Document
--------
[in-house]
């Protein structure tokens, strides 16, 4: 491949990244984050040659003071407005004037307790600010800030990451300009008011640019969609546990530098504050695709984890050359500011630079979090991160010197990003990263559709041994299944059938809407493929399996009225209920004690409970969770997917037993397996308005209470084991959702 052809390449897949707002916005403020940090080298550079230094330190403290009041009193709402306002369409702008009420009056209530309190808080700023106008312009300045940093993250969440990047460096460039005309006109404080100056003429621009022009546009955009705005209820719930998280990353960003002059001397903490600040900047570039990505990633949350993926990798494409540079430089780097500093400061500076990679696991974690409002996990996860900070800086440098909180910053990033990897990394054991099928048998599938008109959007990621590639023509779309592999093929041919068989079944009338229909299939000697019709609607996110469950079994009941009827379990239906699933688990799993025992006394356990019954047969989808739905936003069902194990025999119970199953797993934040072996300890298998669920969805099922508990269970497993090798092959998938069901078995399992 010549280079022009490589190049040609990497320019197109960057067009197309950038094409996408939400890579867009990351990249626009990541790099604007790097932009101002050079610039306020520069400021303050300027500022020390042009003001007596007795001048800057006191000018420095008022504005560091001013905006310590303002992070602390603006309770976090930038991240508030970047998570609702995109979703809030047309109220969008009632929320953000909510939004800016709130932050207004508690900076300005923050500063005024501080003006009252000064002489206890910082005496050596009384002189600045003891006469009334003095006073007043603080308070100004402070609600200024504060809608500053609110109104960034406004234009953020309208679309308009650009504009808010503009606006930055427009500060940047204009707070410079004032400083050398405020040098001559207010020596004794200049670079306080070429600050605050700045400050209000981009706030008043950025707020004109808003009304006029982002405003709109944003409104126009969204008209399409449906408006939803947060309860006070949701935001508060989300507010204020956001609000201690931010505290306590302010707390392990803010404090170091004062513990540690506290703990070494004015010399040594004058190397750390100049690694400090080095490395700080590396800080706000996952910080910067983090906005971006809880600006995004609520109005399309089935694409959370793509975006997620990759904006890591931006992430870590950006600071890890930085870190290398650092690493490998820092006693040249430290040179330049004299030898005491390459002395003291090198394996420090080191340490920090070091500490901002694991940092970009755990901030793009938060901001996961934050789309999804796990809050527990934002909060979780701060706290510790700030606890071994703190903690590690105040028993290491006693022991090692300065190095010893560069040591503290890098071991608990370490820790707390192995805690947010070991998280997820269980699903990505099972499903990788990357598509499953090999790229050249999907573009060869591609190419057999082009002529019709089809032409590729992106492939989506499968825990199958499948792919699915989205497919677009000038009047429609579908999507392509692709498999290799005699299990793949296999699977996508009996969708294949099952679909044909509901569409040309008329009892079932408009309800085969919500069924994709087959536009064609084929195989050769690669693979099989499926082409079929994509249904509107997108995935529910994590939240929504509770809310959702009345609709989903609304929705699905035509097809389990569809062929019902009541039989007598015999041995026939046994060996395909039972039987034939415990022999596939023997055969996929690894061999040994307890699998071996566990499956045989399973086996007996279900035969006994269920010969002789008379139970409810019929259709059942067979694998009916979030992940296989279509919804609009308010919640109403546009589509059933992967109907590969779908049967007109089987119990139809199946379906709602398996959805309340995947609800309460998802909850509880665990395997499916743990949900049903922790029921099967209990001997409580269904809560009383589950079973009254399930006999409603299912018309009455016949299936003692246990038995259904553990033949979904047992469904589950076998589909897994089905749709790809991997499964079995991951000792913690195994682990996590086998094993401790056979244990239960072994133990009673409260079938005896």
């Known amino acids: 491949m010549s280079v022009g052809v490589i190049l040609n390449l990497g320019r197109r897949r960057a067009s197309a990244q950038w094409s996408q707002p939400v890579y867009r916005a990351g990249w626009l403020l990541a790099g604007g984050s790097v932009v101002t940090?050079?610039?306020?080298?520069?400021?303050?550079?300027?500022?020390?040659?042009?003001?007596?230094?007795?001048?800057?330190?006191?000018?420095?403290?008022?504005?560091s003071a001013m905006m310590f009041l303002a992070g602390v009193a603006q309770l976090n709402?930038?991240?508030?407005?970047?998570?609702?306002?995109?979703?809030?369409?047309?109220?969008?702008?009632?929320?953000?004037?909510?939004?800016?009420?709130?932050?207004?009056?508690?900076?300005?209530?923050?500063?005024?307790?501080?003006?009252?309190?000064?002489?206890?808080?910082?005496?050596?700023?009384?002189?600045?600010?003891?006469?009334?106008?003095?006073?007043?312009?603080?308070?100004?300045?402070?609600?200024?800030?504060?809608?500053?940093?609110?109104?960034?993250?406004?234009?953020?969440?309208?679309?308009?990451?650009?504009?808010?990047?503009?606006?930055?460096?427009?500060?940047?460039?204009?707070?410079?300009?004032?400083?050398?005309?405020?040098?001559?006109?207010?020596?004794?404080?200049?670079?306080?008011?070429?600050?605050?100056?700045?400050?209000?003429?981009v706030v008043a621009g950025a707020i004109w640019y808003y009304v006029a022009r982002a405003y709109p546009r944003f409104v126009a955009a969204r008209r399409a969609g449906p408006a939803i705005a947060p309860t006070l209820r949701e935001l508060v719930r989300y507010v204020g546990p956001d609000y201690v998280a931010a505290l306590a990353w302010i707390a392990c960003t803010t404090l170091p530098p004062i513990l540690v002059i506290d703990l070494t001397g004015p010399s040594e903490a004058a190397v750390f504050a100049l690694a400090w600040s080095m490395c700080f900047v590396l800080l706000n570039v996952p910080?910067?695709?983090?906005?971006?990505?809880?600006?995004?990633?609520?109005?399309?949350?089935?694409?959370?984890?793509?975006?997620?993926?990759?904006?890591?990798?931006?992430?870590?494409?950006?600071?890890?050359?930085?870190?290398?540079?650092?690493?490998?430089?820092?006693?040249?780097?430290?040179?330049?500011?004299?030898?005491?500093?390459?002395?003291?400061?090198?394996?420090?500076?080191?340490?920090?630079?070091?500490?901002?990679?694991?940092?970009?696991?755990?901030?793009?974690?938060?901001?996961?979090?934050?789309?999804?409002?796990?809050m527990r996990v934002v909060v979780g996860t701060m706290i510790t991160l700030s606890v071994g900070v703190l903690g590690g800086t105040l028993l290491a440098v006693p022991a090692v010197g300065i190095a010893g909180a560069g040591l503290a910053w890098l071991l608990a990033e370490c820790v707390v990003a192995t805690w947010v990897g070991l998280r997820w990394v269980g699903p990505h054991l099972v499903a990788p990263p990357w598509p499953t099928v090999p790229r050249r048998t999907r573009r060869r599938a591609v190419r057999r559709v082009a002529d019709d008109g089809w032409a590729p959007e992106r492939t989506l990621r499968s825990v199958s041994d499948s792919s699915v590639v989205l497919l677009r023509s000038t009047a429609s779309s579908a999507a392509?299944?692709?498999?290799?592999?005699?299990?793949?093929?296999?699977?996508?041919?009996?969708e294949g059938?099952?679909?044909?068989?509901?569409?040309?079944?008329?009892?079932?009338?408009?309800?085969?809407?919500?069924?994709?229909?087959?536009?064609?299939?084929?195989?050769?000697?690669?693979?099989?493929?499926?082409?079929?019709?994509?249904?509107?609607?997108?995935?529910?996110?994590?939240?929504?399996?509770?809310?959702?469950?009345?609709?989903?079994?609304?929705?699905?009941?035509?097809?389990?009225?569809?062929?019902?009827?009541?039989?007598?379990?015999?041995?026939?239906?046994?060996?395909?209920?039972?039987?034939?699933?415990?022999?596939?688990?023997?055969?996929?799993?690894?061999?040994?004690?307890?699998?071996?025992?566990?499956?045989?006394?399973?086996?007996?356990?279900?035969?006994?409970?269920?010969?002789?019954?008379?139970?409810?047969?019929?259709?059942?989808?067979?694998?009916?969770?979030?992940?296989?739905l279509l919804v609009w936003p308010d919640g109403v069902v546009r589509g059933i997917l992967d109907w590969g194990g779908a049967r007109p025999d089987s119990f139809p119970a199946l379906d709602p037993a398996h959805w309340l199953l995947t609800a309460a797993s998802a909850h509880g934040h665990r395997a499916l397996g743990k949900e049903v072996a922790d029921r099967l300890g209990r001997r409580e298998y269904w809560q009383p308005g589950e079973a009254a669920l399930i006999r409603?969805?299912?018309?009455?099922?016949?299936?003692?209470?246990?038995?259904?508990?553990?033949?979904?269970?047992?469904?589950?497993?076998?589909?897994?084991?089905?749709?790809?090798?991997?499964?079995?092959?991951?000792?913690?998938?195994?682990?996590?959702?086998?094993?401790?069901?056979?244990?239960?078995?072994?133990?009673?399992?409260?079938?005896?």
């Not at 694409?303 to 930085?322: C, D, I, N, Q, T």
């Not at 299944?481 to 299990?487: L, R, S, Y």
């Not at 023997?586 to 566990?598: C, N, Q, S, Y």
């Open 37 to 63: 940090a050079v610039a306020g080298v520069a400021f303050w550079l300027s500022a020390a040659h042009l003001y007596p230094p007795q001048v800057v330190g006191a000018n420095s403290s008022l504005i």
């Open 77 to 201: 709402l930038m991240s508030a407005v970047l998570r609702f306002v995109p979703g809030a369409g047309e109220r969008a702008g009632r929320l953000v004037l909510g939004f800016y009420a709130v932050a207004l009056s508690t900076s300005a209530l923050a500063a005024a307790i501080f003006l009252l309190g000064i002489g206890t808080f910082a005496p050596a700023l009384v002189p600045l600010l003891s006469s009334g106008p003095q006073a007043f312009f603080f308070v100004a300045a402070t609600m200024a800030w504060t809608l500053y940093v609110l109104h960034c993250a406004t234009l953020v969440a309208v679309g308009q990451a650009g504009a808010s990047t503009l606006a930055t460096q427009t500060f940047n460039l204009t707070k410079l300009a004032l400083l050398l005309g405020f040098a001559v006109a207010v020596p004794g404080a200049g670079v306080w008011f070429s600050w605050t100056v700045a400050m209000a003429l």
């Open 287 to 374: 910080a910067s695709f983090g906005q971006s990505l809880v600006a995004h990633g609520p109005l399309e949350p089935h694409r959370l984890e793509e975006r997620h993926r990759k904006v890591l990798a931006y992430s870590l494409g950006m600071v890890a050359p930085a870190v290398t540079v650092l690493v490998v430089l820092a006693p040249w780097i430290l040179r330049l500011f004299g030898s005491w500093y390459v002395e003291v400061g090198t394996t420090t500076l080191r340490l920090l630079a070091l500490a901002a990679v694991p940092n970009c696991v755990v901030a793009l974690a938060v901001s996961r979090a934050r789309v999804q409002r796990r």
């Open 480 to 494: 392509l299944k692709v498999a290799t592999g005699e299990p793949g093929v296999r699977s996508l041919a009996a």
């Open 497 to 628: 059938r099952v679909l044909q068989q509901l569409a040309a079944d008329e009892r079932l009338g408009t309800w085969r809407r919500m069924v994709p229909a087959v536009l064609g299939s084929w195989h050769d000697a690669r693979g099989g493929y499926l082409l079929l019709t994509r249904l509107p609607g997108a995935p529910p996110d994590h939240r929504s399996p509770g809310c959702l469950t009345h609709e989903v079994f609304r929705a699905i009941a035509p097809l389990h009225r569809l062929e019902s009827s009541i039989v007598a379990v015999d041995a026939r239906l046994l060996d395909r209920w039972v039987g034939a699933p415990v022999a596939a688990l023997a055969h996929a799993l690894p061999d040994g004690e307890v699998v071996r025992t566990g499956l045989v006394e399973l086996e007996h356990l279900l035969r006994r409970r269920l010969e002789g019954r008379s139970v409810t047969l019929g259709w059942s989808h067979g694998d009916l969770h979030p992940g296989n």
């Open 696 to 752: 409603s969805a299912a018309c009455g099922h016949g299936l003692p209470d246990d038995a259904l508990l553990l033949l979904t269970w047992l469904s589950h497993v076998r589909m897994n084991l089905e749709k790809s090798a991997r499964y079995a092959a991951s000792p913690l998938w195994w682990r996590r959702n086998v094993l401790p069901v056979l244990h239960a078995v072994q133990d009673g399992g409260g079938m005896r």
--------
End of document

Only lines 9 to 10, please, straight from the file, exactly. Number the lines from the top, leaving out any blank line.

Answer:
């Open 287 to 374: 910080a910067s695709f983090g906005q971006s990505l809880v600006a995004h990633g609520p109005l399309e949350p089935h694409r959370l984890e793509e975006r997620h993926r990759k904006v890591l990798a931006y992430s870590l494409g950006m600071v890890a050359p930085a870190v290398t540079v650092l690493v490998v430089l820092a006693p040249w780097i430290l040179r330049l500011f004299g030898s005491w500093y390459v002395e003291v400061g090198t394996t420090t500076l080191r340490l920090l630079a070091l500490a901002a990679v694991p940092n970009c696991v755990v901030a793009l974690a938060v901001s996961r979090a934050r789309v999804q409002r796990r």
């Open 480 to 494: 392509l299944k692709v498999a290799t592999g005699e299990p793949g093929v296999r699977s996508l041919a009996a």